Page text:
Sahalee golf course opens in Sammamish on August 9, 1969.

  • By Phil Dougherty
  • Posted 5/11/2009
  • Essay 9016
See Additional Media

On August 9, 1969, the first 18 holes of the 27-hole Sahalee golf course opens. (The remaining nine holes will open in July 1970.)  The Sahalee Country Club is a member-owned private club located in the northeastern part of Sammamish (King County); a residential development with the same name surrounds the golf course. Sahalee's golf course has frequently been ranked by Golf Digest magazine as among the nation's top 100 courses in the country. Sahalee will host its first PGA championship in 1998, gaining further national recognition and acclaim in the process. This account, written by Sammamish Heritage Society historian Phil Dougherty, reprints Dougherty's articles, "Of Golf Clubs And Country Clubs" (Sammamish Review, January 21, 2009, pp. 16-17) and "Sammamish Goes Clubbing In The Summer Of Love" (Sammamish Review, January 28, 2009, pp. 10, 12) and is reprinted with the kind permission of the Sammamish Heritage Society. 


The Sahalee story begins in December 1965. Members of the Inglewood Country Club in Kenmore were interested in buying the property, and thought they had a deal lined up with owner Jack Barron. But at the last second the deal fell through. This had happened before, at least once, maybe twice, but this time the members had had enough. A small group of men retired to the bar to drink and debate.  John (Jack) Wright hit upon a solution: “Let’s build our own golf course” (Sahalee Country Club, p. 6).

Wright was immediately joined by Harry Wilson, Maurice “Maury” Proctor, and Dixon Ervin. The men searched for property suitable for an 18-hole golf course in several locations in the Redmond area. They seriously considered at least three different sites, but all in the valleys below and north of the Sammamish plateau. In 1967 four other men -- at least one of them from the Broadmoor Golf Club in Seattle -- joined the group: Carl Jonson, Richard Strand, Gene Lynn, and Buck Biddle.  Biddle soon moved to Spokane, but not before suggesting that the golf course be expanded to 27 holes to accommodate any overflow among players, as well as to accommodate junior golfers and beginning golfers. Harold (Hal) Logan joined the group as Biddle’s replacement, and these eight men became known as the founders of Sahalee.

In the spring of 1967 the group went so far as to sign an earnest money receipt to buy property known as Holiday Lake northeast of Redmond, but the deal fell through. At Jonson’s urging, the group then began looking for higher ground, one with better drainage that would be less susceptible to flooding, and learned of property owned by Dr. Darrell Leavitt on the northern end of the Sammamish plateau. Leavitt’s property was 200 acres of second growth cedar; the only structure on it was an old cabin located next to where the 3 East green and 4 East tee are today (2009). The only way to get onto the property was to take an old logging road from the northern terminus of 228th Avenue NE, which in 1967 ended at Inglewood Hill Road. Leavitt agreed to sell the property for $400,000, which translated into $2,000 an acre, and the contract was signed in July 1967. The next month, the group purchased another 120 acres of adjacent land from Robert Evans.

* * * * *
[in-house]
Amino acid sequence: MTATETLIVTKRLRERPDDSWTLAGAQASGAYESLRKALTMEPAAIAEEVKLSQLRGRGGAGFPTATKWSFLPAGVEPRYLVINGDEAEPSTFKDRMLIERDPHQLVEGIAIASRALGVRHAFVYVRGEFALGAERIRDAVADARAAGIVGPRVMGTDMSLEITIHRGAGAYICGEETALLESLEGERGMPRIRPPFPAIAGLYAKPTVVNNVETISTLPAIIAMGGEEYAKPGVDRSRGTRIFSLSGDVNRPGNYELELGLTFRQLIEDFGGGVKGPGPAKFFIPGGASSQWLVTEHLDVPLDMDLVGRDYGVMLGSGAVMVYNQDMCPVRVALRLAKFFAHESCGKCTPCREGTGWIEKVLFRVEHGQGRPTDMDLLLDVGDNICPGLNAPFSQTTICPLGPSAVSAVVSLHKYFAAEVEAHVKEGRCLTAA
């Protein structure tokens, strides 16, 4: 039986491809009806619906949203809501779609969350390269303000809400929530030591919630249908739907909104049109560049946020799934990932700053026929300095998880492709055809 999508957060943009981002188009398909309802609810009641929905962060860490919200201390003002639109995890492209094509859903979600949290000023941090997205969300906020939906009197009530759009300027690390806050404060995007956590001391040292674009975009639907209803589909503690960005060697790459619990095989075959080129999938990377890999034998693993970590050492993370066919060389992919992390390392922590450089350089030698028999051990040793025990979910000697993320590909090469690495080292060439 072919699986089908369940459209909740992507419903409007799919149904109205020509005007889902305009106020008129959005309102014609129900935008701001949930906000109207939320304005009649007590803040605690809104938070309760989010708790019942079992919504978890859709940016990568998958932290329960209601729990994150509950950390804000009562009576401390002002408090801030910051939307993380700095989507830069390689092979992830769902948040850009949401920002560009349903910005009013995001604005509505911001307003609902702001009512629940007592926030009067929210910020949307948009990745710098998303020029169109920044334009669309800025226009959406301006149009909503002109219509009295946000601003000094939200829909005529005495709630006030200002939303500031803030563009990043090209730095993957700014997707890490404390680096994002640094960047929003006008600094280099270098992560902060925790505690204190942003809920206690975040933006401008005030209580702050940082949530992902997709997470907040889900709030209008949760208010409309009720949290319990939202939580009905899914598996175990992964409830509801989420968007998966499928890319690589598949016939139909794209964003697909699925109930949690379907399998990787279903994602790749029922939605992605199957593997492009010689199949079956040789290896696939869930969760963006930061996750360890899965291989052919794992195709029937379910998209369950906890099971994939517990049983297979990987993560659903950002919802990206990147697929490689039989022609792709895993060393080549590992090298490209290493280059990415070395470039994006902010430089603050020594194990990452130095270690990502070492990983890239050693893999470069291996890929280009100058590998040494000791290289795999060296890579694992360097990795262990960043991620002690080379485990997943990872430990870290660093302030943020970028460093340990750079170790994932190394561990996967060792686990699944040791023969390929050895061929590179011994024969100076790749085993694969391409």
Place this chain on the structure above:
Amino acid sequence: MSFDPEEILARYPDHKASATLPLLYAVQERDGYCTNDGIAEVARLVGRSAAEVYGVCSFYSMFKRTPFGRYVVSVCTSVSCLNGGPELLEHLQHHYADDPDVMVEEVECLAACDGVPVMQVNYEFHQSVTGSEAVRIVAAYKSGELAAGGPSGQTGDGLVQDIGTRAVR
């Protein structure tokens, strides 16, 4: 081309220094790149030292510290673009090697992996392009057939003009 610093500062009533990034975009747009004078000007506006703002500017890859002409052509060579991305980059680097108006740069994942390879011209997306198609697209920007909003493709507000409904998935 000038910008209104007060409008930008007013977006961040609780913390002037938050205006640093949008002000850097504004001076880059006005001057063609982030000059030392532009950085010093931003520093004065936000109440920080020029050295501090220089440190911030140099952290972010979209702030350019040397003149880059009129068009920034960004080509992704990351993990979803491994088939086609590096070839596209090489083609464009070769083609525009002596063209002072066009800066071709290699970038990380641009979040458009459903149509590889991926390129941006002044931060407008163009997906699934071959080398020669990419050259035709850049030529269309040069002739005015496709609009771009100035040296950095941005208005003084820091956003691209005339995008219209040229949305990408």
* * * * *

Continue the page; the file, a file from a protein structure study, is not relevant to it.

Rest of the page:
The Sahalee Country Club

As it became apparent that a deal was going to be worked out to buy land for the project, the founders held a dinner meeting in June 1967 at the Swedish Club in Seattle to raise money for construction of the golf course and for the Sahalee real estate development that would adjoin the course. More than 50 people attended the dinner and were offered limited partnerships for $5,000, which entitled them to a $1,500 golf club membership and a fairway lot for $3,500. Within a few weeks about 100 limited partnerships had been sold, enabling the group to purchase the first 320 acres for the project later in the summer of 1967. The Chinook word Sahalee, meaning “high heavenly ground,” was chosen for the name of the new club, and the Sahalee Country Club was incorporated in September 1967.  

Golf architect Ted Robinson was hired to design the course. Robinson walked the property and told the group that it needed another 80 acres of land if it wanted a top-quality 27-hole golf course. Two 40-acre tracts were purchased early in 1968, bringing the total number of acres for the Sahalee project to 400. James “Jim” Porter, a registered professional engineer, was hired as project manager. Porter oversaw the entire construction project of the golf course, sometimes working 18 hour days; when he died in his early 40s in 1971, some members speculated that he worked himself to death and questioned whether the project would have been successfully completed without his Herculean efforts.    

Robinson also recommended that the club increase its membership to 500, which helped pay for the project’s completion. Memberships were sold as family memberships, meaning that dues for one member included playing privileges for a spouse and children under 18 years old. Membership requirements were fairly simple: Applicants had to pass a credit check, and they had to pass a “good guy standard,” meaning they had to have a serious passion for playing and talking golf.  And many of them did.  Husband and wives joined together, while other members who usually played together in foursomes at other clubs joined Sahalee in groups of four.  Membership increased quickly, passing 200 members in January 1968 and reaching the magic number 500 the day before the course opened in August 1969. Membership prices increased too as membership went up: The 500th membership sold for $4,500.